Foreign Aid and the Public: Interests and Ethics Redux

March 10, 2011
Especially in times of budget pressure, the debate over rationales for foreign assistance revive. Last night on PBS’ Newshour, former First Lady Laura Bush, Melinda Gates, and Helene Gayle, president of CARE, spoke eloquently about the importance of Congress maintaining funding for maternal and child health. I was heartened and impressed by their commitment, but also a little discomfited by the emphasis on national security as a key motivation for aid.  Then, this morning, I stumbled across this month-old post by Owen Barder where he nails the analysis on why this is risky and why development advocates should not overplay the national interest card.  He sums up the argument:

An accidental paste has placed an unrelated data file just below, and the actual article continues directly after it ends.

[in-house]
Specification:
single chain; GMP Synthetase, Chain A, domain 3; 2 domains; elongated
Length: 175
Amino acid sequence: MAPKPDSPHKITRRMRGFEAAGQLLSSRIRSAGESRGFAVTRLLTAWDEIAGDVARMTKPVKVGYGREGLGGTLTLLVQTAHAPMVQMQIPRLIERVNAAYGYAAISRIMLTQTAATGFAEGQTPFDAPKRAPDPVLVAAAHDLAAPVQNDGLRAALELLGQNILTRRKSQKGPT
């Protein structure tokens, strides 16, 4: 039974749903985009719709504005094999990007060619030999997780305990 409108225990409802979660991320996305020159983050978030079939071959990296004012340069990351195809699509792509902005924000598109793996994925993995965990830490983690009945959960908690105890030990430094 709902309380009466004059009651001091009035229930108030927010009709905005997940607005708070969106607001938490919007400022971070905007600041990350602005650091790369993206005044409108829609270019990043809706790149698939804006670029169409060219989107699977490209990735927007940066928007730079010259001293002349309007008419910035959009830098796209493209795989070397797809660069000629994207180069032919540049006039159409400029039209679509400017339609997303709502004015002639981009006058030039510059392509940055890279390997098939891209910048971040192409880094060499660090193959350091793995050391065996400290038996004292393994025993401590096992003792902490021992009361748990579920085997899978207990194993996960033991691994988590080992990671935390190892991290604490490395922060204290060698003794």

Development advocates have to make the case for aid and development policy. They are right to say that development is in the national interest of the donor, but it may be a mistake to put this at the centre of the argument. Most people don’t need to be convinced that development is desirable; they need to be convinced that aid works.
To be fair, the trio on the Newshour also made some of these points, but Owen’s analysis is well worth reading in full.


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